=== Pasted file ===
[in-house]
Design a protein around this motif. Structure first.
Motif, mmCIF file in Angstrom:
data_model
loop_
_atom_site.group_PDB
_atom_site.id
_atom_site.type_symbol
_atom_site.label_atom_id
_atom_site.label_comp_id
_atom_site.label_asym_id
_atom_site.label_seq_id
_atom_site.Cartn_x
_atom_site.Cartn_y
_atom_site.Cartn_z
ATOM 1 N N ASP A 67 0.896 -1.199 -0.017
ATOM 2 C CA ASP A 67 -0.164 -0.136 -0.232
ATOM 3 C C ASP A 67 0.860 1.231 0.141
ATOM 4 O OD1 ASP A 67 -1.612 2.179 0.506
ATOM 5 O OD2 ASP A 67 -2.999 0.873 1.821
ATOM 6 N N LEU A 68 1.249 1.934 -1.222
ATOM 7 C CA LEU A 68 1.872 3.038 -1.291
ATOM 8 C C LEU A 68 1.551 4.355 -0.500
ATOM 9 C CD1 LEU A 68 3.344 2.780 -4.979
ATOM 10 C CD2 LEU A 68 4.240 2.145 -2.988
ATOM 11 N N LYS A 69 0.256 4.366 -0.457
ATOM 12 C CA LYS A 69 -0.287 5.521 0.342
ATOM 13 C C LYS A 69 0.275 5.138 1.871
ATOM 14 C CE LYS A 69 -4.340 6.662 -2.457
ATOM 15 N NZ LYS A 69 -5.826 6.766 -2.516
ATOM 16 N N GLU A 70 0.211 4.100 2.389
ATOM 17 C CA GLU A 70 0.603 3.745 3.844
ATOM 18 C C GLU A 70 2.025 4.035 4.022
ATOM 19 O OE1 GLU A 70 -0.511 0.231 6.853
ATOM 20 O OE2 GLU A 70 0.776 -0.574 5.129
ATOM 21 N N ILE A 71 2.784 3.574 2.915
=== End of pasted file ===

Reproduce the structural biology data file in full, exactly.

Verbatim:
[in-house]
Design a protein around this motif. Structure first.
Motif, mmCIF file in Angstrom:
data_model
loop_
_atom_site.group_PDB
_atom_site.id
_atom_site.type_symbol
_atom_site.label_atom_id
_atom_site.label_comp_id
_atom_site.label_asym_id
_atom_site.label_seq_id
_atom_site.Cartn_x
_atom_site.Cartn_y
_atom_site.Cartn_z
ATOM 1 N N ASP A 67 0.896 -1.199 -0.017
ATOM 2 C CA ASP A 67 -0.164 -0.136 -0.232
ATOM 3 C C ASP A 67 0.860 1.231 0.141
ATOM 4 O OD1 ASP A 67 -1.612 2.179 0.506
ATOM 5 O OD2 ASP A 67 -2.999 0.873 1.821
ATOM 6 N N LEU A 68 1.249 1.934 -1.222
ATOM 7 C CA LEU A 68 1.872 3.038 -1.291
ATOM 8 C C LEU A 68 1.551 4.355 -0.500
ATOM 9 C CD1 LEU A 68 3.344 2.780 -4.979
ATOM 10 C CD2 LEU A 68 4.240 2.145 -2.988
ATOM 11 N N LYS A 69 0.256 4.366 -0.457
ATOM 12 C CA LYS A 69 -0.287 5.521 0.342
ATOM 13 C C LYS A 69 0.275 5.138 1.871
ATOM 14 C CE LYS A 69 -4.340 6.662 -2.457
ATOM 15 N NZ LYS A 69 -5.826 6.766 -2.516
ATOM 16 N N GLU A 70 0.211 4.100 2.389
ATOM 17 C CA GLU A 70 0.603 3.745 3.844
ATOM 18 C C GLU A 70 2.025 4.035 4.022
ATOM 19 O OE1 GLU A 70 -0.511 0.231 6.853
ATOM 20 O OE2 GLU A 70 0.776 -0.574 5.129
ATOM 21 N N ILE A 71 2.784 3.574 2.915